Just this past week, the Algemeiner, a right of center web site that covers Jewish news, released a list it entitled ‘the 40 Worst Colleges for Jewish Students.’  The list was compiled based on an attempt to assess some of the following:  the number of anti-Semitic incidents on campus, the number of anti-Israel groups, public positions taken by faculty – in other words are there faculty on the campus that are vocally anti-Israel, and also the success or lack of success of boycott-Israel efforts undertaken by campus groups.

The list is not just a list – it is also a ranking – #1 on the list is the absolute worst in terms of anti-semitism, all the way down. Among the 40 schools you will find many of the top colleges and universities in the country, to include:  Harvard, Stanford, Brown, and Swarthmore;  the University of Chicago, UCal Berkeley, UCLA, and McGill University in Montreal;  Oberlin, Tufts, Michigan, Northwestern,  UNC Chapel Hill, Wesleyan, Syracuse, and Georgetown, and the University of Wisconsin, Madison.  As you now have a sense, the list is a virtual who is who of the top schools in the country.

Now on the one hand a list is just a list.  Like a list of the top 10 greatest guitar players of all time, or the best quarterbacks of all time, or the worst draft picks of all time, one person puts this list together, one person puts another, one person says its Unitas, one person says it is Marino, one person says Brady, you can argue and debate about it, but it is largely subjective.  The problem with this list is that people are starting to believe it.  So much so that a congregant recently said to me they didn’t want their child – who is a great student and a great kid – they didn’t want their child applying to Tufts – one of the top schools in the country! – because they had heard it was an anti-semitic campus.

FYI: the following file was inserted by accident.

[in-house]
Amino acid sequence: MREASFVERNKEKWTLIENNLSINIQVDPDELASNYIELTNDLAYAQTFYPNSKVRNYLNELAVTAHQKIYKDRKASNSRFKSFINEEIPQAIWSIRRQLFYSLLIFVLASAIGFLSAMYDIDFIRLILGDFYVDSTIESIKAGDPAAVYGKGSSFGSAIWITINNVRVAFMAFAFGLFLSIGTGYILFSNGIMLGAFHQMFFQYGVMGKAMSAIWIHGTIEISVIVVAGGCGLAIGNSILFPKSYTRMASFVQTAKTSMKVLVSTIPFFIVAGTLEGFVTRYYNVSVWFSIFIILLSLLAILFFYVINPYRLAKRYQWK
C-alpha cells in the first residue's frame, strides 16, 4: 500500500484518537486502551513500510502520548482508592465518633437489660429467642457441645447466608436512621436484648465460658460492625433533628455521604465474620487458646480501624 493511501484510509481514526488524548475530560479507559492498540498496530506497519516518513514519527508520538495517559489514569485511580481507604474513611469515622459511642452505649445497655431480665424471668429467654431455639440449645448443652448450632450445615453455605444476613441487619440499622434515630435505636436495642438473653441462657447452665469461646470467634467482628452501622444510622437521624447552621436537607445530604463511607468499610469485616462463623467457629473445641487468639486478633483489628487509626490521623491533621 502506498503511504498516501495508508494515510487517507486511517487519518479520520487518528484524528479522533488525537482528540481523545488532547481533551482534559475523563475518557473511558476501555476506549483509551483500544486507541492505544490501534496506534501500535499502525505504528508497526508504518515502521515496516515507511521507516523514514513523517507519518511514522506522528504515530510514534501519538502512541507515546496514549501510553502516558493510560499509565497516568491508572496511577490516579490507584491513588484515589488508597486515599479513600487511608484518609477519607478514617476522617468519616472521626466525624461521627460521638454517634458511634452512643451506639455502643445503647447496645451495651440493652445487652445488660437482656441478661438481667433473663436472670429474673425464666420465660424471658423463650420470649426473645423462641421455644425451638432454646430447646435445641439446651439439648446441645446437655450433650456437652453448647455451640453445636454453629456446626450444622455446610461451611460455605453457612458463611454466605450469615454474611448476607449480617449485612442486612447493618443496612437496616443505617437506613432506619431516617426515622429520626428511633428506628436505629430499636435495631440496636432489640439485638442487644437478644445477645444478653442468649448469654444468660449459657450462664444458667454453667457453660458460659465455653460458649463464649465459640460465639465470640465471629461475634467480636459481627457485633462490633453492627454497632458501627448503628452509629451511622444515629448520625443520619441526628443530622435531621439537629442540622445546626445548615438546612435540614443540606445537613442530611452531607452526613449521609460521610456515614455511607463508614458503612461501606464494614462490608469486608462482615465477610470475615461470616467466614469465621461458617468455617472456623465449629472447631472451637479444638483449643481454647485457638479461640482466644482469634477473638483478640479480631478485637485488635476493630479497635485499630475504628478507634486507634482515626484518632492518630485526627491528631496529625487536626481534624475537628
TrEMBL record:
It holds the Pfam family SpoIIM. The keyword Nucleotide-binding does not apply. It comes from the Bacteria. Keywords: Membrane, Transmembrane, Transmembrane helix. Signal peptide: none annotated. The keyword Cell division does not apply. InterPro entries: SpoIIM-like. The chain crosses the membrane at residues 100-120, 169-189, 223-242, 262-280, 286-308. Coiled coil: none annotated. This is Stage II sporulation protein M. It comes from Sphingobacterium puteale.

The Jewish community has long prided itself on its academic orientation.  Education is a powerful value in our culture.  When our grandparents and great grandparents came from Europe and settled here it was education that enabled us to make better lives for ourselves, for our children, for our grandchildren.  That value is as old as Judaism itself.  The Torah portions we read this morning, Tazria and Metzora, describe the role of the Kohen, the Priest, in ancient Israelite culture.  And the Kohen was a combination of religious leader and medical man, a kind of rabbi-doctor hybrid.  Call it what you will – a docbi or a rabtor?  But he was respected for his knowledge, for the fact that he was learned in the tradition, that he knew the laws of the Torah, that he had studied and mastered his material.  And that respect for study, for education and learning, for the intellect, has stayed strong in Jewish life to this very day.  Which is precisely why, by the way, you find a high percentage of Jewish students at these top universities.

And that is also why I am proud to say that Becky and I will have children at the top two school on that Algemeiner list.  You heard that right – two of the rabbi’s children will be enrolled as students at the top two schools on that anti-Semitic university list.  And why am I proud of that?  Reason #1 – could you imagine what would happen if the Jewish community en masse decided not to send its children to those schools?  We would first of all be depriving our children of the opportunity to study at some of the world’s top universities.  Is this the way we fight anti-semitism?  Or is that the way we let anti-Semites win?  I know a number of you in this room remember a time – not so long ago – when Hopkins had a quota in terms of the number of Jewish students it would admit per year.  After what we fought for – to have equal access to any university in the country – are we going to impose a quota on ourselves?